Mitchell_EleanorIn a previous post, we considered the factual background to the appeals before the Supreme Court this week in the cases of R (MA) v Secretary of State for Work and Pensions, R (A), and R (Rutherford). Below we turn to the decision of the Court of Appeal in the latter two cases, and identify some of the main issues likely to fall for decision by the Supreme Court.

The decision below: Rutherford and A

Following the Court of Appeal’s judgment in R (MA) v Secretary of State for Work and Pensions, the claimants in Rutherford and A were (necessarily) at pains to show that their position was more closely analogous to Burnip v Birmingham City Council than to MA.

Their arguments were rejected by the Divisional Court but accepted by the Court of Appeal, which found that individuals in the relevant categories were few in number and capable of easy recognition, with little prospect of abuse and little need for monitoring (at [47], [74]). In light of this, the Court considered that the additional reasons given in MA for finding that justification had been made out were unpersuasive (at [48]-[55]). As a result, even applying the “manifestly without reasonable foundation” test, the failure to make an exception for the claimants could not be justified.

In Rutherford, an additional consideration was the absence of any objective justification for treating children requiring overnight care differently from adults, particularly in light of the obligation under the Convention on the Rights of the Child to treat the best interests of the child as the primary consideration (at [72]-[73]).

The Court of Appeal did, however, dismiss the PSED claim made in A, considering that it was sufficient for the Secretary of State to have considered gender-based discrimination in a general way and holding that he was not in the circumstances required to have regard to the small group of women within the Sanctuary Scheme who might require an additional room (at [59]-[60]).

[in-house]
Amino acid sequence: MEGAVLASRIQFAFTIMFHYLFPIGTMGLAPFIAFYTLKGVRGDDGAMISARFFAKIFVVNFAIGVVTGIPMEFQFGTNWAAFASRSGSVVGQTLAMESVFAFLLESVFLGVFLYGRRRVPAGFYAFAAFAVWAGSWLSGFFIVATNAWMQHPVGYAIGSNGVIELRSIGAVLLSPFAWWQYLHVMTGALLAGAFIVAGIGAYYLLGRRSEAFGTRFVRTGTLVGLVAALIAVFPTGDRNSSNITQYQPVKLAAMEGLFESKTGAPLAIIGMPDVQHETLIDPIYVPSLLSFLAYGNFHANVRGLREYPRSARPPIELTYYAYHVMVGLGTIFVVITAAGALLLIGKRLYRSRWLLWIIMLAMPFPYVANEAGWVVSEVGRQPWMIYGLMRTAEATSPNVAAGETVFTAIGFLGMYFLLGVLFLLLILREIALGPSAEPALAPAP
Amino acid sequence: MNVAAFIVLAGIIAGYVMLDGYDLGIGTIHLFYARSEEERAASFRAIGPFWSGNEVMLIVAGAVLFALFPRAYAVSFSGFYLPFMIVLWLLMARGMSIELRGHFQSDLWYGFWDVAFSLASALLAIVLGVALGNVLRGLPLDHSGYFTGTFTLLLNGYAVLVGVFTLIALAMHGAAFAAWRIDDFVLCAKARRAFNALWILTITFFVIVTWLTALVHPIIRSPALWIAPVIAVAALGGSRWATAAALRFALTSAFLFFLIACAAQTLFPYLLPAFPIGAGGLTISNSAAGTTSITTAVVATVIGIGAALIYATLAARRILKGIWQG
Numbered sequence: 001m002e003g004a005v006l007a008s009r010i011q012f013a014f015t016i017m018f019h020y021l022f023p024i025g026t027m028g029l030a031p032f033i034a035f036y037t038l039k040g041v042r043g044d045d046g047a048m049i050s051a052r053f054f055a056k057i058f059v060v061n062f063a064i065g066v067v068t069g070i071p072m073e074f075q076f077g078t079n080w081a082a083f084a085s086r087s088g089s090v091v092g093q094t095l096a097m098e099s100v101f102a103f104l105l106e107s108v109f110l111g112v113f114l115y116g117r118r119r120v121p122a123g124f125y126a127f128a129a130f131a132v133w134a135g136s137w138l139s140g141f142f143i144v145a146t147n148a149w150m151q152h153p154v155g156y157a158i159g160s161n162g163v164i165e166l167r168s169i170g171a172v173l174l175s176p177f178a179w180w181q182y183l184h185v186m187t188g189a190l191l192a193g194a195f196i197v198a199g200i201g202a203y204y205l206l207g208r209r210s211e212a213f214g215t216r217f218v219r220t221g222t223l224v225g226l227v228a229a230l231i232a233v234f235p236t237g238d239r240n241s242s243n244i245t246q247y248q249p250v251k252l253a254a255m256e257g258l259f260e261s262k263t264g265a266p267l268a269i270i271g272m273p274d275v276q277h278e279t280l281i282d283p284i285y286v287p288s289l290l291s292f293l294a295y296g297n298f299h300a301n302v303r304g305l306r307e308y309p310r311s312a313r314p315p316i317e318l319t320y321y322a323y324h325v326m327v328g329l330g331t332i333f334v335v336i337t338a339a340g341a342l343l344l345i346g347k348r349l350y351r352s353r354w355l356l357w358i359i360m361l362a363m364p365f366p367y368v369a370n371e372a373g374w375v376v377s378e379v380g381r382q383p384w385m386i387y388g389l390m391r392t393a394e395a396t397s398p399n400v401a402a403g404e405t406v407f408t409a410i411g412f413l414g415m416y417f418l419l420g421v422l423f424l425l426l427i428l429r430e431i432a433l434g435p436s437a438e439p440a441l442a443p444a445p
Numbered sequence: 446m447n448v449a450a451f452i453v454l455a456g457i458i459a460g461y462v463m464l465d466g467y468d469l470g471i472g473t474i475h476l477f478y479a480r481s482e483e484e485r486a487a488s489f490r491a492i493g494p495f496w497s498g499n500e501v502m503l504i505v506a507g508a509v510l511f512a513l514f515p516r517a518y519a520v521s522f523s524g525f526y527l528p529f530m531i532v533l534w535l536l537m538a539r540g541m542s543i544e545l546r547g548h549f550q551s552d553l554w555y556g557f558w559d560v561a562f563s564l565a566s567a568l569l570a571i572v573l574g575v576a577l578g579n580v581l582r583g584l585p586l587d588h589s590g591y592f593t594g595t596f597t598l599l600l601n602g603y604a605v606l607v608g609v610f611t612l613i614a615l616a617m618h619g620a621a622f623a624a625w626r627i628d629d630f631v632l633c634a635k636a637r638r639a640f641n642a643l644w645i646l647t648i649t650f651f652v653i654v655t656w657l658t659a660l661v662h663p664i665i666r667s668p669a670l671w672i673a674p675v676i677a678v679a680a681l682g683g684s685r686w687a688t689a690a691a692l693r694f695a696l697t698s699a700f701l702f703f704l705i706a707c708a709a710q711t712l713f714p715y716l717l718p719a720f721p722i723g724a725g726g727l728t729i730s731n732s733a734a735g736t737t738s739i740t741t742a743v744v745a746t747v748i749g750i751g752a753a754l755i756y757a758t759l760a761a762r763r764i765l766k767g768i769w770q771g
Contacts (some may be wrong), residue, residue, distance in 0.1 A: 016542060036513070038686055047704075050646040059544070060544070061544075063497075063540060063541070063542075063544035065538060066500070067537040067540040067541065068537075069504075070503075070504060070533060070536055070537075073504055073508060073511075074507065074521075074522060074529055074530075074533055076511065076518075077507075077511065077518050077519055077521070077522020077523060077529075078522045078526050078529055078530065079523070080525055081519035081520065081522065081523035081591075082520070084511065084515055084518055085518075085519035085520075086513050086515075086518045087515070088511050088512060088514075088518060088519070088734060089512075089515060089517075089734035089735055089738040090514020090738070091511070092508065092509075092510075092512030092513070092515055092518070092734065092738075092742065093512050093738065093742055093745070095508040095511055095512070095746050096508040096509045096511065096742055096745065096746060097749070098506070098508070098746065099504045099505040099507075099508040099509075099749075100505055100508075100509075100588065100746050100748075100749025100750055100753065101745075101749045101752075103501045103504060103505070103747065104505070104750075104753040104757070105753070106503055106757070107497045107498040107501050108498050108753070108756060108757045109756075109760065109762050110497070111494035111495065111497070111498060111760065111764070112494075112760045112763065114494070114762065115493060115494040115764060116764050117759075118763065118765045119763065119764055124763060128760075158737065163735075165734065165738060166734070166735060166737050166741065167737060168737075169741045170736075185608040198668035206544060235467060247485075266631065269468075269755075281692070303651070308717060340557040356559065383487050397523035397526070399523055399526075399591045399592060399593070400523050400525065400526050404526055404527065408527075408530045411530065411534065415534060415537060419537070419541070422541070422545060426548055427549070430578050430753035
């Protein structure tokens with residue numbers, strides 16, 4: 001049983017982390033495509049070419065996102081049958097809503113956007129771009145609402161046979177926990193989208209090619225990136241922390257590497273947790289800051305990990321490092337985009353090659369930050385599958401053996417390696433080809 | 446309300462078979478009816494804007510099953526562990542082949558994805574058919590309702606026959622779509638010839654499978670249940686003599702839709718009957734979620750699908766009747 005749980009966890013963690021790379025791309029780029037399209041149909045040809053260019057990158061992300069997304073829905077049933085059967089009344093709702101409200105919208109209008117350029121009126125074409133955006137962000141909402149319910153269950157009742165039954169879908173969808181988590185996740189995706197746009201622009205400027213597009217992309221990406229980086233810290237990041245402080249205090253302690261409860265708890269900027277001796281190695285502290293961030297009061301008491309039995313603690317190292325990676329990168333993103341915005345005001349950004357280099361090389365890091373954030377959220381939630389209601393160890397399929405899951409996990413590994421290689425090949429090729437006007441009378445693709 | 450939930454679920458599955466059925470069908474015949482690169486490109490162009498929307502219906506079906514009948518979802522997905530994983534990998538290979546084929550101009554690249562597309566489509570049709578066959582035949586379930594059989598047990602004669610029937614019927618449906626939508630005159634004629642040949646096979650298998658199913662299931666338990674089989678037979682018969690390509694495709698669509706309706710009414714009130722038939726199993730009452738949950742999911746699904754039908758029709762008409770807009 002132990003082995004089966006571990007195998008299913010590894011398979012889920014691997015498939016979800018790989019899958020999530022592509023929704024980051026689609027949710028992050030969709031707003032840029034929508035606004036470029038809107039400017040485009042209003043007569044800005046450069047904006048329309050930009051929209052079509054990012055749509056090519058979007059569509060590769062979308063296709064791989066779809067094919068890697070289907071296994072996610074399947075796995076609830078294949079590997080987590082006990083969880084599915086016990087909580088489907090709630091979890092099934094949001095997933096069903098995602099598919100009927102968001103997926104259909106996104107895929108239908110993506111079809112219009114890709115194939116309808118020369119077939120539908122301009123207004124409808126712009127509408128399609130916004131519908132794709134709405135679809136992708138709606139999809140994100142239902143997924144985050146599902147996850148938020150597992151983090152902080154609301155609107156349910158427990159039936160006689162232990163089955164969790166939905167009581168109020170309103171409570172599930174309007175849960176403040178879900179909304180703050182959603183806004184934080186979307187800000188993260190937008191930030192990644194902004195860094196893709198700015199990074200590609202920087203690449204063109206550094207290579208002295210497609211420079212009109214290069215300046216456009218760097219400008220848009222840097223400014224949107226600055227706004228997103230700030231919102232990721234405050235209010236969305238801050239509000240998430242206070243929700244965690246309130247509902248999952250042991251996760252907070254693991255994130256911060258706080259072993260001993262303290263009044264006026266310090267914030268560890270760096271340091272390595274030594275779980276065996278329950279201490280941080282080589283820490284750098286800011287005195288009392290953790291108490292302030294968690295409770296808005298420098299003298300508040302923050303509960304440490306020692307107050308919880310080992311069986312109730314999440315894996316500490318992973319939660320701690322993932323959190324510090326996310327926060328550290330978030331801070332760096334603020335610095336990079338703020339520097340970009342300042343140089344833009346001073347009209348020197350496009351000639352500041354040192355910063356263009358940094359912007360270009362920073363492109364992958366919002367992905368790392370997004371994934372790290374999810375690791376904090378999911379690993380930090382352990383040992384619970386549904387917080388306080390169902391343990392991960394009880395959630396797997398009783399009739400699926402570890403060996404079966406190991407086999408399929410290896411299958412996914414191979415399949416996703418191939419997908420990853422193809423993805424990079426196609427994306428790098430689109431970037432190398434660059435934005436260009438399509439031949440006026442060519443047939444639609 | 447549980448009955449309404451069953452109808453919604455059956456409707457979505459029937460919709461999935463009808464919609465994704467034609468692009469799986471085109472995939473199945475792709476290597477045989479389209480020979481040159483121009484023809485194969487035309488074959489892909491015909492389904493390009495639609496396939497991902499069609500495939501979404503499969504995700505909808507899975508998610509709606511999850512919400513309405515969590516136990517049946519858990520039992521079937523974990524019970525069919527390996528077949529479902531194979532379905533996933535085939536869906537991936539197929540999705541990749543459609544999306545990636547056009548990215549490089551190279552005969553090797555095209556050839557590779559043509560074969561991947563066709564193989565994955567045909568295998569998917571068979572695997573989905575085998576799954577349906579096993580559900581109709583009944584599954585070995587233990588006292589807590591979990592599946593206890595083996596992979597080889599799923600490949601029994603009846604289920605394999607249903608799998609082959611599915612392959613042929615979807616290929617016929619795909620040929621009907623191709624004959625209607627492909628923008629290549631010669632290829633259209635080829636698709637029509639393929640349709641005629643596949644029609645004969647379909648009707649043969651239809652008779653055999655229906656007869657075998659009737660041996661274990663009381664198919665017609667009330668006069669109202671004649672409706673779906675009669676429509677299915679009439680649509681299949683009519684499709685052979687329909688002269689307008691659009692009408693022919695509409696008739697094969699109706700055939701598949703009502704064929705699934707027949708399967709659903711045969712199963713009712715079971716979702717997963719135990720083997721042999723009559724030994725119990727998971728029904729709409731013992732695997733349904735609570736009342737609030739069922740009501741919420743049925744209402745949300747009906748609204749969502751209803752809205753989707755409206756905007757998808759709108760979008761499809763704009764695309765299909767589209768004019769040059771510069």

The issues in the appeals

In hearing the appeals this week, the Supreme Court will of course be required to consider whether the assessment of justification in MA was appropriate and (if so) whether A and Rutherford were properly distinguished. More broadly, however, it is likely that the Court will be asked to determine whether “manifestly without reasonable foundation” is indeed the appropriate test for justification in any and all decisions involving matters of “high policy” (or its implementation). While the test was endorsed by the Court of Appeal in both cases, it appears to sit uneasily not only with the established principle that “weighty reasons” are required to justify discrimination on “suspect grounds” (such as sex), but also with the recent Supreme Court decision in Re Recovery of Medical Costs for Asbestos Diseases (Wales) Bill. In that case Lord Mance – with whom all other members of the Court agreed on this point – identified four stages in assessing compliance with Convention rights, and expressed the view that “manifestly without reasonable foundation” was not applicable in respect of the final “balancing” stage (at [46]). Instead the question was whether, “weighing all relevant factors, the measure adopted a fair or proportionate balance between the public interest being promoted and the other interests involved” (at [52]; see also [48]).

Another possible “big-picture” issue relates to the scope of the PSED. As noted above, the Court of Appeal held in A that the duty did not require the Secretary of State to go beyond the broad issue of gender-based discrimination and hence to consider the position of women victims of domestic violence. On one view, this is somewhat difficult to square with the Court’s statement in MA that, in the context of a disability case, a decision-maker “must have a focused awareness of each of the s 149 duties and… their potential impact on the relevant group of disabled persons” (at [91]). Consistent with other PSED decisions, this suggests that in at least some cases attention to “sub-categories” of persons with protected characteristics will be required. In deciding whether this is so, relevant factors are likely to include the importance of the issue in question, the numbers of persons likely to be affected, and the extent of the relevant inequality; it will therefore be interesting to see how the Supreme Court responds to a case like A, where the affected class is relatively small but the resulting disadvantage serious.

The Court’s treatment of these issues is likely to have an enduring impact on discrimination-based challenges to policy decisions – and so for the public at large, as well as for the claimants and their families, this week’s hearing is set to be an important one.